They had sharp metal spikes in the soles so she could grip hard and set off fast. Gravell had come up with the design, and he’d even paid for them— two kroners, which was a lot for boots. As she put them on the first time, he’d said, “Look after them and they’ll look after you.” Tash did look after them, and she definitely, absolutely refused to be ungrateful, but what she wanted, what she coveted more than anything in the world, were the ankle boots she’d thought Gravell was going to give her when he told her he was treating her to something special. She’d seen the ankle boots in the window of the cobbler’s shop in Dornan and mentioned them a few times to Gravell. They were the most beautiful, delicate pale gray boots of suede, so soft and fine that they looked to be made from rabbit’s ears. When Gravell showed her the spiked boots and told her how he’d come up with the idea for them, she made a good job, she thought, of looking delighted. Tash told herself not to be disappointed. It would all work out. The spiked boots would help in this hunt, and with the money from the demon kill she’d be able to buy the gray suede boots herself.

And soon they’d have their first demon. Gravell had found this demon’s lair after only a week. He’d dug the pit, though these days Tash set up and checked the escape mechanism and, in fact, wouldn’t let Gravell near it. Gravell had taught Tash to be careful, to double-check everything. She went through a test run now, walking back from the pit a hundred paces, then jogging through the trees, picking up speed where there was little snow on the ground, and into the small clearing where the snow was deeper but where she’d trampled it down to compress it so that it had hardened to a crisp, going at full speed now, pumping her legs, leaning forward, her spikes giving her grip but not holding her back, and then she was leaping over the edge of the pit, hitting the icy floor with a crunch, absorbing the drop with her knees but immediately getting up and running to the end and . waiting. Waiting. That was the hardest part. That was the real shit-in-your-pants time, when your mind was screaming at you to grab the rope but you couldn’t because you had to wait for the demon to come down, and only when he was on the way down, just as he touched the bottom of the pit and screamed and screeched and slid toward you, could you grab the rope and release the pulley mechanism. Tash pulled on the rope, bearing down on it with all her weight, her right foot resting on the lowest, thickest knot.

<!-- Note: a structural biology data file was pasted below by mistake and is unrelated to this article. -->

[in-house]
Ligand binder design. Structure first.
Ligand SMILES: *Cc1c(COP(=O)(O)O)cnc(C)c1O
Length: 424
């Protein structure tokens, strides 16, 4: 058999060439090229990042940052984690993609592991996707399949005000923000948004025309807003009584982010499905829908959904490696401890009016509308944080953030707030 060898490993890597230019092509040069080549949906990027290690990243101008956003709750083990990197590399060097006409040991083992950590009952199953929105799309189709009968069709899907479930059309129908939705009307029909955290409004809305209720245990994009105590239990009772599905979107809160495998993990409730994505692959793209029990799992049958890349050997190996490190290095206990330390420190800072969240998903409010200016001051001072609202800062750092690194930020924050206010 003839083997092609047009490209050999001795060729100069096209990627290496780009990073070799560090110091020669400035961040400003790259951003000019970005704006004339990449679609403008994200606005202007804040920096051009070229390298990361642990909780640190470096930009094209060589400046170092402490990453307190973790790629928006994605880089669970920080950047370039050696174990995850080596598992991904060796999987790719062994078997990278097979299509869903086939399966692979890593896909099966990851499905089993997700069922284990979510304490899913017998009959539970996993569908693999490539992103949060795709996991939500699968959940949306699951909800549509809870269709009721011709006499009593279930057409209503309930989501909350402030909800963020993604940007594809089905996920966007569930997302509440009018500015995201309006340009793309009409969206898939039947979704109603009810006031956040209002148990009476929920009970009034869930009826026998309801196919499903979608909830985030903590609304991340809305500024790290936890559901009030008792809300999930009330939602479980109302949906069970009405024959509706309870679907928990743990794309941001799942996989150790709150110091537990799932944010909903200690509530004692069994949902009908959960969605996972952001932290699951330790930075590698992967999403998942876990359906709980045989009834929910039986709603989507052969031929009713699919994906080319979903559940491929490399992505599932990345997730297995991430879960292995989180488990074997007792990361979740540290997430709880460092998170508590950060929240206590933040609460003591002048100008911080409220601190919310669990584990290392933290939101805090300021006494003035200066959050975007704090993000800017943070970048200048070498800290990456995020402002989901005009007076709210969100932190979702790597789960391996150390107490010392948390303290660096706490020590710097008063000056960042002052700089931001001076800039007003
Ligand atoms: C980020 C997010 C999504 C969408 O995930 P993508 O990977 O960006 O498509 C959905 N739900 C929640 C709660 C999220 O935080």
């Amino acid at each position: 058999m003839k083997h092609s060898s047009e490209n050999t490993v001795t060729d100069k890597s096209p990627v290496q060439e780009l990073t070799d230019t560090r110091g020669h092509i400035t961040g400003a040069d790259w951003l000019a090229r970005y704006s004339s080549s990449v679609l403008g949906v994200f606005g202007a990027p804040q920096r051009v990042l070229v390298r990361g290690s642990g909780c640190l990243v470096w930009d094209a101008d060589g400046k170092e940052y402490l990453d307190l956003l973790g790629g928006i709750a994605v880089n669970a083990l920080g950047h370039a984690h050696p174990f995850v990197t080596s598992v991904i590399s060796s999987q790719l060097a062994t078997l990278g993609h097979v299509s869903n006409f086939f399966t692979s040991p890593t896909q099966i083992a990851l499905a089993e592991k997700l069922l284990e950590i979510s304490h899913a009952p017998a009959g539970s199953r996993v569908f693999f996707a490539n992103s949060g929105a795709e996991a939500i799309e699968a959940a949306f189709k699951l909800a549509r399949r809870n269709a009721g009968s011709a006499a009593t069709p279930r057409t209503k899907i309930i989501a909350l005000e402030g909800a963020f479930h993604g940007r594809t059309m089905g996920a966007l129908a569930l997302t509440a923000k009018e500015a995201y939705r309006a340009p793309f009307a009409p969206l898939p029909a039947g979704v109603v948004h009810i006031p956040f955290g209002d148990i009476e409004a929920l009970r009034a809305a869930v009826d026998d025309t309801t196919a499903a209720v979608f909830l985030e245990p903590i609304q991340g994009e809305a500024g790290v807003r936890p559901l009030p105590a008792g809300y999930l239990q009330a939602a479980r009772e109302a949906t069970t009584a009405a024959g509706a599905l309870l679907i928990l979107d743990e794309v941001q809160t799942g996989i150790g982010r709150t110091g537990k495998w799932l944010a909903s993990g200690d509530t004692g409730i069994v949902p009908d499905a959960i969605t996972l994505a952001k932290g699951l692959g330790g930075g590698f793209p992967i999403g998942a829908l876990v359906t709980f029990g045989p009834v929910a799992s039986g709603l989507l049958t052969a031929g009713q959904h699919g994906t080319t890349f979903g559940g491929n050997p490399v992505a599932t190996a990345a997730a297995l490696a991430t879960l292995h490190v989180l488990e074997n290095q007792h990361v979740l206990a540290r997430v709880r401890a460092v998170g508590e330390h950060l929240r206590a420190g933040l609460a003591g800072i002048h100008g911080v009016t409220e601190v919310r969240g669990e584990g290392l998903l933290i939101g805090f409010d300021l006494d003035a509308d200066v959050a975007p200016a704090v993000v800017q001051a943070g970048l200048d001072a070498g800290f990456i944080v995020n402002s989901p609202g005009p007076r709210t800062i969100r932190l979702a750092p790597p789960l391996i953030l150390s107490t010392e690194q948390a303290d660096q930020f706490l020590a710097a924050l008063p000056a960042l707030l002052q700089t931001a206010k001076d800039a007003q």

The wooden release gave and Tash flew upward, as natural and lazy as a yawn, so balanced that her fingers were barely touching the rope, and at the apex of her flight she stopped, hanging in the air, totally free; then she let go of the rope, leaned forward, and reached for the fir tree, arms out to hug the branches. She held herself there before casually sliding down. A pinecone scratched her face, and she landed almost knee-deep in the pile of snow she’d banked there. Tash walked back to reset the trap. Soil and footprints surrounded the pit; she’d have to clean the base of her boots to make sure they didn’t get clogged with dirt. “You’re bleeding.” Tash felt her cheek and looked at the blood on her fingertips. Demons got more excited when they smelled blood. She licked her fingers and said, “Let’s get on with it.” She grabbed the ropes and set the pulley back into place, satisfied that she’d done everything properly.